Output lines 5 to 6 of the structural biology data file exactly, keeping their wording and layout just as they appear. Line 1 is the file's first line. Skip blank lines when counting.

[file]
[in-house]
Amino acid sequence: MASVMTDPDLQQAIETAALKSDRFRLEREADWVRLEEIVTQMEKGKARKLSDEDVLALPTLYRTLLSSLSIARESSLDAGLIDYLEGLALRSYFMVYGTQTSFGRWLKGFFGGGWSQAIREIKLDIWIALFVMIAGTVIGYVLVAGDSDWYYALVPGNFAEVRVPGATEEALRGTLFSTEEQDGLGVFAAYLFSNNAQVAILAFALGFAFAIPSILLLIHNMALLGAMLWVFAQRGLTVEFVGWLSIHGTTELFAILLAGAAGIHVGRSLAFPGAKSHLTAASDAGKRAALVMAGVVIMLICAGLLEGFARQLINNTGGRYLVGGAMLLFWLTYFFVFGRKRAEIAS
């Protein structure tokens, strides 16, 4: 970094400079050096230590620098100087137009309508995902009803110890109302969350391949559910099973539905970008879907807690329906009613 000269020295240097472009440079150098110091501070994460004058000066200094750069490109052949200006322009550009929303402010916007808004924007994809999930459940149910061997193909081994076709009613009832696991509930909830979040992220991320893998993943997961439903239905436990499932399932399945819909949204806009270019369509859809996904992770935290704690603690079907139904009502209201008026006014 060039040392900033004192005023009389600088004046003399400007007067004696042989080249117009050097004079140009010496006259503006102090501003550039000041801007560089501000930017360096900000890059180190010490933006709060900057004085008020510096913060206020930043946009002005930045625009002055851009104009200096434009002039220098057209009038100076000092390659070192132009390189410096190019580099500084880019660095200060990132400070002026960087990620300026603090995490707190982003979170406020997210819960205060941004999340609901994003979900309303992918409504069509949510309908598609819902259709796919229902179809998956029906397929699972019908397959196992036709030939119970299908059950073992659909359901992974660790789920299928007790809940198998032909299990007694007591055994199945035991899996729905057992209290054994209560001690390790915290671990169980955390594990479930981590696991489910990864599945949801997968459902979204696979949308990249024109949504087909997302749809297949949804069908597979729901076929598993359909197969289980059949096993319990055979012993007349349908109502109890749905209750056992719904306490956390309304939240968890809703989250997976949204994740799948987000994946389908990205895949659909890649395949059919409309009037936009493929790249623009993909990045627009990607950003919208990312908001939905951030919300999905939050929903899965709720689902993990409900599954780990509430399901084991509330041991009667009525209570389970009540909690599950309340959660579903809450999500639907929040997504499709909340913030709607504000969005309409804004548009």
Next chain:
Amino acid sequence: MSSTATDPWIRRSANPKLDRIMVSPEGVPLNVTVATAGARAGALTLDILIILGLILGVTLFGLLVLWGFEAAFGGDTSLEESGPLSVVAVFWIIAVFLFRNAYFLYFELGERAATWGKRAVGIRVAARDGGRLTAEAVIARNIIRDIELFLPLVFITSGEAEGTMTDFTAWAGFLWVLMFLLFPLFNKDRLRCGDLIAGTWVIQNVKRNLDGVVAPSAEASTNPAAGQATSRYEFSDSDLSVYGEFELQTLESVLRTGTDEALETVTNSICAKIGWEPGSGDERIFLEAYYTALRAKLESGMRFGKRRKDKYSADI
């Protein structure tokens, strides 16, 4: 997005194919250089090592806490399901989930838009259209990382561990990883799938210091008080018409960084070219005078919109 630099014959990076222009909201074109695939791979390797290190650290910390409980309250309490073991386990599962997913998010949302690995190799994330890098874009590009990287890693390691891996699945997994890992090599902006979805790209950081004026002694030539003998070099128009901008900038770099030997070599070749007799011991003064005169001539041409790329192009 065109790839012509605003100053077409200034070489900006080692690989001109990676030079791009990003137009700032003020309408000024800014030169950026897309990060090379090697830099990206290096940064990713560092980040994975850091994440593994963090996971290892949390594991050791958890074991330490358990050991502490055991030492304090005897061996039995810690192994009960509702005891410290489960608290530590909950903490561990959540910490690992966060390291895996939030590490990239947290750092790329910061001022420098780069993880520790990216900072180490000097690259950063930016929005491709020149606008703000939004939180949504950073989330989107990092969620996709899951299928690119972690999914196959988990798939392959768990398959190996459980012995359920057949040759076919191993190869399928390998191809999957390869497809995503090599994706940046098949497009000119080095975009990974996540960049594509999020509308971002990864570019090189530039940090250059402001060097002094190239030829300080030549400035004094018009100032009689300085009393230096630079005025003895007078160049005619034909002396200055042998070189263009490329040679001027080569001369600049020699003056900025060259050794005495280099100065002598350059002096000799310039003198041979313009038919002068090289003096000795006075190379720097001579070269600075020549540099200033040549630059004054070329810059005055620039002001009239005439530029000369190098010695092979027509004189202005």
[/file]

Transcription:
Amino acid sequence: MSSTATDPWIRRSANPKLDRIMVSPEGVPLNVTVATAGARAGALTLDILIILGLILGVTLFGLLVLWGFEAAFGGDTSLEESGPLSVVAVFWIIAVFLFRNAYFLYFELGERAATWGKRAVGIRVAARDGGRLTAEAVIARNIIRDIELFLPLVFITSGEAEGTMTDFTAWAGFLWVLMFLLFPLFNKDRLRCGDLIAGTWVIQNVKRNLDGVVAPSAEASTNPAAGQATSRYEFSDSDLSVYGEFELQTLESVLRTGTDEALETVTNSICAKIGWEPGSGDERIFLEAYYTALRAKLESGMRFGKRRKDKYSADI
């Protein structure tokens, strides 16, 4: 997005194919250089090592806490399901989930838009259209990382561990990883799938210091008080018409960084070219005078919109 630099014959990076222009909201074109695939791979390797290190650290910390409980309250309490073991386990599962997913998010949302690995190799994330890098874009590009990287890693390691891996699945997994890992090599902006979805790209950081004026002694030539003998070099128009901008900038770099030997070599070749007799011991003064005169001539041409790329192009 065109790839012509605003100053077409200034070489900006080692690989001109990676030079791009990003137009700032003020309408000024800014030169950026897309990060090379090697830099990206290096940064990713560092980040994975850091994440593994963090996971290892949390594991050791958890074991330490358990050991502490055991030492304090005897061996039995810690192994009960509702005891410290489960608290530590909950903490561990959540910490690992966060390291895996939030590490990239947290750092790329910061001022420098780069993880520790990216900072180490000097690259950063930016929005491709020149606008703000939004939180949504950073989330989107990092969620996709899951299928690119972690999914196959988990798939392959768990398959190996459980012995359920057949040759076919191993190869399928390998191809999957390869497809995503090599994706940046098949497009000119080095975009990974996540960049594509999020509308971002990864570019090189530039940090250059402001060097002094190239030829300080030549400035004094018009100032009689300085009393230096630079005025003895007078160049005619034909002396200055042998070189263009490329040679001027080569001369600049020699003056900025060259050794005495280099100065002598350059002096000799310039003198041979313009038919002068090289003096000795006075190379720097001579070269600075020549540099200033040549630059004054070329810059005055620039002001009239005439530029000369190098010695092979027509004189202005």